Man loses over $50,000 in investment scam
He is one of more than 200 victims who found out they had fallen prey to scams in police operation
Mr Lin (not his real name) was not familiar with investments. But last December, a woman he had befriended on Facebook encouraged him to open a trading account and introduced him to a broker. He trusted her and since Jan 1, on two occasions, he invested much of his life savings into the account.
"I wanted to earn a little more due to the pandemic," said Mr Lin, who works in the food and beverage industry.
Two weeks later, he was told his trades had failed and he owed the broker around $53,000.
"I couldn't sleep, I couldn't eat," Mr Lin said. "These are savings that I've saved bit by bit, from working over the years."
Last Thursday, the Singapore Police Force's Anti-Scam Centre (ASC) contacted him.
That was when he learnt that the bank account of the broker he had transferred almost $50,000 to was under investigation for being a suspected investment scam.
Mr Lin was one of over 200 victims who found out that they had fallen prey to scams in the course of an ASC operation.
During a three-day operation from last Wednesday to Friday, officers from the ASC worked with banks to intervene in scams involving fake gambling platforms and investments.
They traced fund transfers of suspicious accounts, contacted victims who made the transactions, and advised them to stop any further transfers.
From 2019 to last year, investment scams increased by 126 per cent to 1,102 cases, with victims losing at least $69.5 million. Fake gambling platform scams also increased by 1,800 per cent to 299 cases last year from a year before, with losses totalling $15.4 million.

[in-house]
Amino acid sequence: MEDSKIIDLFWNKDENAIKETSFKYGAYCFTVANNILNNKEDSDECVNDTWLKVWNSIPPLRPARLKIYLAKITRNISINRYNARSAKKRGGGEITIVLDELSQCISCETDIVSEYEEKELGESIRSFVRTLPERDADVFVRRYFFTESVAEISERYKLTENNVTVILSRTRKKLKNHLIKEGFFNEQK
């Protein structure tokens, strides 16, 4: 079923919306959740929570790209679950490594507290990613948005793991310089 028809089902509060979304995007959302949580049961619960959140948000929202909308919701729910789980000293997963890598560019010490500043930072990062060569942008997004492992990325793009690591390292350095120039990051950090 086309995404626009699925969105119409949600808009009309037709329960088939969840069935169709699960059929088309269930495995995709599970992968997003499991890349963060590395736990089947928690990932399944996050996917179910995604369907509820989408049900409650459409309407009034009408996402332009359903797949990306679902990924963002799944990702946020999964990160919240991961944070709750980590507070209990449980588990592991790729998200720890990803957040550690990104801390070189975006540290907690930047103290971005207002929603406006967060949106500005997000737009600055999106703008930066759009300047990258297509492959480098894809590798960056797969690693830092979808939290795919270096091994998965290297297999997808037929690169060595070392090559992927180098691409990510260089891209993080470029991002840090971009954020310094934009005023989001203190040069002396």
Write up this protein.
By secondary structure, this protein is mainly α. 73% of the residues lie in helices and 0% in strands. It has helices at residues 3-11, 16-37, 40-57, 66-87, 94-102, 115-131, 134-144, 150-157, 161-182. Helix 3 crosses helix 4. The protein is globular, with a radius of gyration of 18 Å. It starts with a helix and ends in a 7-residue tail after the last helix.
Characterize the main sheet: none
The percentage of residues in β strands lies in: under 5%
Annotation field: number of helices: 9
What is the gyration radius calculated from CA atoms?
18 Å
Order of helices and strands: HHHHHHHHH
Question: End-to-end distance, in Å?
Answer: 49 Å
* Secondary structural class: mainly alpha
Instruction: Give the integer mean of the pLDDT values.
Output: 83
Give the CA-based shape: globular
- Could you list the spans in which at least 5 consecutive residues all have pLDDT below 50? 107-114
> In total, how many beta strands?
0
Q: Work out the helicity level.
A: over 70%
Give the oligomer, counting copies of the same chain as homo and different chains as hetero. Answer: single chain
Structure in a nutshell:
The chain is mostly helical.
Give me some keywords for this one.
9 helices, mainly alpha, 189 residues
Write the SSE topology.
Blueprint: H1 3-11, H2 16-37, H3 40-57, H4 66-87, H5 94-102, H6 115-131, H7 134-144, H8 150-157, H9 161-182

Scammers also often lure victims through online dating platforms. Investment scam victims are often given an initial "profit" to entice them into committing larger amounts, which are deposited into the scammers' accounts. The scammers then become uncontactable.
In fake gambling platform scams, victims are often convinced that the online betting platforms introduced have loopholes that would allow them to reap easy profits.
Currently, 76 men and 22 women, aged between 17 and 59, are being investigated for suspected involvement in 359 investment and fake gambling platform scams.
The suspects allegedly helped the syndicates by opening bank accounts or transferring monies for the syndicate.
Those convicted of cheating can be fined and jailed for up to 10 years, and those involved in money laundering can be fined up to $500,000 and jailed for up to 10 years.
Victims of fake gambling platform scams may also be charged under the Remote Gambling Act. They can be fined up to $5,000 and jailed for up to six months.